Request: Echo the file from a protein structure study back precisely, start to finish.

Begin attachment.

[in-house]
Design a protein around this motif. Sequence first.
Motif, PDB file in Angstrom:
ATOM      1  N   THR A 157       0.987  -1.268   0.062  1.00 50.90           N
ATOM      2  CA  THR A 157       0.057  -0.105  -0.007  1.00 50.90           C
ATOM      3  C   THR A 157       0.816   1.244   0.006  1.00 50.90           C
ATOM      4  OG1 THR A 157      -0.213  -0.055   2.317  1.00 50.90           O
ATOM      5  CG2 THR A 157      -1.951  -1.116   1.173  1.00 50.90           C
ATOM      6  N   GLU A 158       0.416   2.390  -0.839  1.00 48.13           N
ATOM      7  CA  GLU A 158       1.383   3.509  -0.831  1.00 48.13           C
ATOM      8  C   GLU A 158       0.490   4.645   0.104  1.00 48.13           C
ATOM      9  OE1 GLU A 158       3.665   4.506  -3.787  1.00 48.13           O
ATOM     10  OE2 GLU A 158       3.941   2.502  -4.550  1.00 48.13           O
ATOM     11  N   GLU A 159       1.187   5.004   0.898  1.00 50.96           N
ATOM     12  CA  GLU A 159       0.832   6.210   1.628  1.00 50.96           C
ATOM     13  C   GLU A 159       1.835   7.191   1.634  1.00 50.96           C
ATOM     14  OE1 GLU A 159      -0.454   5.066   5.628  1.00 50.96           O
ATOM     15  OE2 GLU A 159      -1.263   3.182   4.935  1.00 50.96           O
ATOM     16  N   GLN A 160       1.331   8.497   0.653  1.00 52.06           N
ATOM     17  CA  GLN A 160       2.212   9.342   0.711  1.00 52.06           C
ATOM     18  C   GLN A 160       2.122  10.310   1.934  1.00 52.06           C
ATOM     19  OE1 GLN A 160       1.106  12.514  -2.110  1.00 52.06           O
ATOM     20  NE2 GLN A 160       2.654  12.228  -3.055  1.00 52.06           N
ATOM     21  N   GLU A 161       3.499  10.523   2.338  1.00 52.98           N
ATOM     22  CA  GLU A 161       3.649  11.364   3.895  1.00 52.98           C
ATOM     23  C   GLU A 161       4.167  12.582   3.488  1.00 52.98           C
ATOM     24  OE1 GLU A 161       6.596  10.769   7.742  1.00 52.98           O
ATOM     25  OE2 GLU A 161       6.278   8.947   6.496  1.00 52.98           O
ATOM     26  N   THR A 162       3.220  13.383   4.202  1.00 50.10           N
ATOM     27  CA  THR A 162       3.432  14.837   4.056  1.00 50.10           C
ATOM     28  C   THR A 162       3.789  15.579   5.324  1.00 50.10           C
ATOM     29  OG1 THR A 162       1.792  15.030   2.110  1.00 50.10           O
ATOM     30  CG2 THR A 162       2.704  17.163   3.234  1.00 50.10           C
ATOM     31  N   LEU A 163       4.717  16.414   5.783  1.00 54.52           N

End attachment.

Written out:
[in-house]
Design a protein around this motif. Sequence first.
Motif, PDB file in Angstrom:
ATOM      1  N   THR A 157       0.987  -1.268   0.062  1.00 50.90           N
ATOM      2  CA  THR A 157       0.057  -0.105  -0.007  1.00 50.90           C
ATOM      3  C   THR A 157       0.816   1.244   0.006  1.00 50.90           C
ATOM      4  OG1 THR A 157      -0.213  -0.055   2.317  1.00 50.90           O
ATOM      5  CG2 THR A 157      -1.951  -1.116   1.173  1.00 50.90           C
ATOM      6  N   GLU A 158       0.416   2.390  -0.839  1.00 48.13           N
ATOM      7  CA  GLU A 158       1.383   3.509  -0.831  1.00 48.13           C
ATOM      8  C   GLU A 158       0.490   4.645   0.104  1.00 48.13           C
ATOM      9  OE1 GLU A 158       3.665   4.506  -3.787  1.00 48.13           O
ATOM     10  OE2 GLU A 158       3.941   2.502  -4.550  1.00 48.13           O
ATOM     11  N   GLU A 159       1.187   5.004   0.898  1.00 50.96           N
ATOM     12  CA  GLU A 159       0.832   6.210   1.628  1.00 50.96           C
ATOM     13  C   GLU A 159       1.835   7.191   1.634  1.00 50.96           C
ATOM     14  OE1 GLU A 159      -0.454   5.066   5.628  1.00 50.96           O
ATOM     15  OE2 GLU A 159      -1.263   3.182   4.935  1.00 50.96           O
ATOM     16  N   GLN A 160       1.331   8.497   0.653  1.00 52.06           N
ATOM     17  CA  GLN A 160       2.212   9.342   0.711  1.00 52.06           C
ATOM     18  C   GLN A 160       2.122  10.310   1.934  1.00 52.06           C
ATOM     19  OE1 GLN A 160       1.106  12.514  -2.110  1.00 52.06           O
ATOM     20  NE2 GLN A 160       2.654  12.228  -3.055  1.00 52.06           N
ATOM     21  N   GLU A 161       3.499  10.523   2.338  1.00 52.98           N
ATOM     22  CA  GLU A 161       3.649  11.364   3.895  1.00 52.98           C
ATOM     23  C   GLU A 161       4.167  12.582   3.488  1.00 52.98           C
ATOM     24  OE1 GLU A 161       6.596  10.769   7.742  1.00 52.98           O
ATOM     25  OE2 GLU A 161       6.278   8.947   6.496  1.00 52.98           O
ATOM     26  N   THR A 162       3.220  13.383   4.202  1.00 50.10           N
ATOM     27  CA  THR A 162       3.432  14.837   4.056  1.00 50.10           C
ATOM     28  C   THR A 162       3.789  15.579   5.324  1.00 50.10           C
ATOM     29  OG1 THR A 162       1.792  15.030   2.110  1.00 50.10           O
ATOM     30  CG2 THR A 162       2.704  17.163   3.234  1.00 50.10           C
ATOM     31  N   LEU A 163       4.717  16.414   5.783  1.00 54.52           N